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In Rep’s ‘Silent Sky,’ a pioneer woman astronomer gets her dramatic due

‘It’s science that’s mixed with family, with good feeling, romance and with sadness,’ says director Joy Virata of Lauren Gunderson’s play
By: - Writer / Editorial Production Assistant
/ 01:15 AM March 03, 2018

To celebrate Women’s Month, Repertory Philippines is staging Lauren Gunderson’s “Silent Sky” on weekends until March 25 at Onstage Theater in Greenbelt 1. The play puts a spotlight on American astronomer Henrietta Swan Leavitt, a pioneer in her field though obscured in science history because of her gender.


Leavitt’s work includes the staggering discovery of about 2,400 stars, or over half the known stars in Leavitt’s time—a feat considering she and her female colleagues in early 20th-century Harvard College Observatory were barred from using the technology (a refracting telescope which the observatory already had) to make their job easier. She paved the way for other scientists to plot the Earth’s spot in relation to other galaxies, and thus had a hand in advances in the related fields of cosmology and astrophysics.

Leavitt faced gender discrimination in a male-dominated industry, and that was on top of being burdened with family obligations and ill health. She died of cancer at age 53 in 1921; about five years later, the Swedish Academy of Sciences would’ve nominated her for a Nobel Prize in physics—except Nobels cannot be awarded posthumously.


It seems a sad end for a real-life heroine, but not onstage if Gunderson could help it. Leavitt’s story gets the astronomical treatment, so to speak, in the hands of the American playwright, who last year—at just age 35—was declared by a leading industry publication as the “most produced playwright in America.”

Intellectual inquiry

It’s easy to see why, a Boston Globe theater critic pointed out. The review described Gunderson as “an adventurous writer who marries playful whimsy with a spirit of intellectual inquiry and engagement with our times… making it her business to give pioneering but insufficiently celebrated women their dramatic due, while transcending the constricted formulas of the biographical drama.”

In other words, a woman giving other women recognition by writing their stories for theater and infusing those stories with intelligence, warmth and humor.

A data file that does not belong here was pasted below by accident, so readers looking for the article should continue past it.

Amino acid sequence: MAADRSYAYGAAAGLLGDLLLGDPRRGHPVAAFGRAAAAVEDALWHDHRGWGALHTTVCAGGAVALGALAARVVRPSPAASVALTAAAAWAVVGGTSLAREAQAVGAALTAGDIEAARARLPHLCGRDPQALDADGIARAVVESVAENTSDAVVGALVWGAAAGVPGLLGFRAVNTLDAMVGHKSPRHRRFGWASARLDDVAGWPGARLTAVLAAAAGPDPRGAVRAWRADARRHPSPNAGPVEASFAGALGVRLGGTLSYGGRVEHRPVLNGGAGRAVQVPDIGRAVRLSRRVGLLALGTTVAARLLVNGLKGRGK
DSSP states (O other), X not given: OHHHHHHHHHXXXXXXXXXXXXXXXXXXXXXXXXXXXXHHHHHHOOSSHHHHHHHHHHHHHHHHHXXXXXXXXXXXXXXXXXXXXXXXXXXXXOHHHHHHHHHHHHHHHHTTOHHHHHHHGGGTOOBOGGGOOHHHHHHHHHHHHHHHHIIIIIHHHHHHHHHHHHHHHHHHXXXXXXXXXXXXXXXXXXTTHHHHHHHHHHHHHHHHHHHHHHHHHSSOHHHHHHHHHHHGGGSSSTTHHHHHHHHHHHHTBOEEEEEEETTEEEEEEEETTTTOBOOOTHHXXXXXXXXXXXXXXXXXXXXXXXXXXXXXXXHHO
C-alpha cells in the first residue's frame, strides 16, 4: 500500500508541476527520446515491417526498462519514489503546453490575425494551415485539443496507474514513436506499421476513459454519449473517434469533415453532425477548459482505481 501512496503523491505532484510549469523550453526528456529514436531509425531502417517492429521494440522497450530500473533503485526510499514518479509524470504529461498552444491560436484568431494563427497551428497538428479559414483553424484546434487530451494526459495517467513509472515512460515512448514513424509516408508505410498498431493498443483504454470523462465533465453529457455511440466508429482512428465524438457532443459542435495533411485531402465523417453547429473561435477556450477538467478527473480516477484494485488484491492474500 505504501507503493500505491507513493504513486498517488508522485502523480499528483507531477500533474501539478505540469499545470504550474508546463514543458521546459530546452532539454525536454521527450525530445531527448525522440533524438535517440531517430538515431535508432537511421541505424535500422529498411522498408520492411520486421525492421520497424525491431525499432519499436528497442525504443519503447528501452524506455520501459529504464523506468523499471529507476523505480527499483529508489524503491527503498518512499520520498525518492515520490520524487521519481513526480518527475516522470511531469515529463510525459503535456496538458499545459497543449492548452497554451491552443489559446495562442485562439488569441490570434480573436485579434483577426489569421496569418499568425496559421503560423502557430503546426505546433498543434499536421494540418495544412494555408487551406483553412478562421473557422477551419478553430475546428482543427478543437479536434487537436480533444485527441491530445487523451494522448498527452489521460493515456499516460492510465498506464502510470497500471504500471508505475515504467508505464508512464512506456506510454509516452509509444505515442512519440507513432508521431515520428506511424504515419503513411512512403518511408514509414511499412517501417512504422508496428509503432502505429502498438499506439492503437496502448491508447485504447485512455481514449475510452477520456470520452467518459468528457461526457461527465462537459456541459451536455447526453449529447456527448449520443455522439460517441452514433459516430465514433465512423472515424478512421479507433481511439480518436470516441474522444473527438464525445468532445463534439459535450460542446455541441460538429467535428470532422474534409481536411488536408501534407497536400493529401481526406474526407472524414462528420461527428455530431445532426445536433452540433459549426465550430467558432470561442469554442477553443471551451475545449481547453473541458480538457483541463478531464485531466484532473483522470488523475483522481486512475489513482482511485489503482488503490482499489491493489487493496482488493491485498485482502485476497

Rep artistic director Joy Virata, who helms the “Silent Sky” production in Manila, was introduced to Gunderson’s deft writing sometime ago through an essay about children’s theater published online. The stage veteran would often quote excerpts from the essay (with Gunderson’s permission) in promoting Rep’s Theater for Young Audiences.

“It’s such a beautiful play,” Virata gushed during a one-on-one interview weeks before the show opened. “If you read the lines and the staging that it calls for… it’s not in regular time, it’s not real and it goes over a period of 30 years in 1 ½ hours.”

“It’s not just a period drama because it says so many things,” she added.


“Gunderson put in a lot of humor, so the science part is not boring. It’s science that’s mixed with family, with good feeling, romance and with sadness.”


Real astronomers

The cast of five has Cathy Azanza-Dy as Henrietta Leavitt; Caisa Borromeo as Margaret, Henrietta’s musically inclined sister; Topper Fabregas as Peter, the fictional love interest; and Sheila Francisco and Naths Everett as Henrietta’s Harvard colleagues Annie Cannon and Williamina Fleming, two characters based on the real astronomers.

Virata said the play not only assembled talented actors but also presented unique production aspects inspired by Gunderson’s writing. There’s the original composition by sound designer Jethro Joaquin in relation to Margaret’s love of music. Joey Mendoza’s set design features a painted field of stars to be illuminated by Rep’s newly acquired lighting system.

These music and light elements will propel and even explain what transpires onstage, said Virata, as she showed off a digital illustration of Mendoza’s scenic vision.

The starry backdrop looked sparse, simple—perhaps, indeed, the perfect silent sky to let Gunderson’s feminist work speak volumes.

Repertory Philippines’ “Silent Sky” runs on weekends until March 25 at Onstage Theater, 2/F, Greenbelt 1, Paseo de Roxas Ave., Makati. Visit, tel. 8433570; and, tel. 8919999.

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TAGS: astronomy, drama, Henrietta Swan Leavitt, Joy Virata, Lauren Gunderson, Pioneer, Play, Repertory Philippines, Silent Sky, Theater, Women
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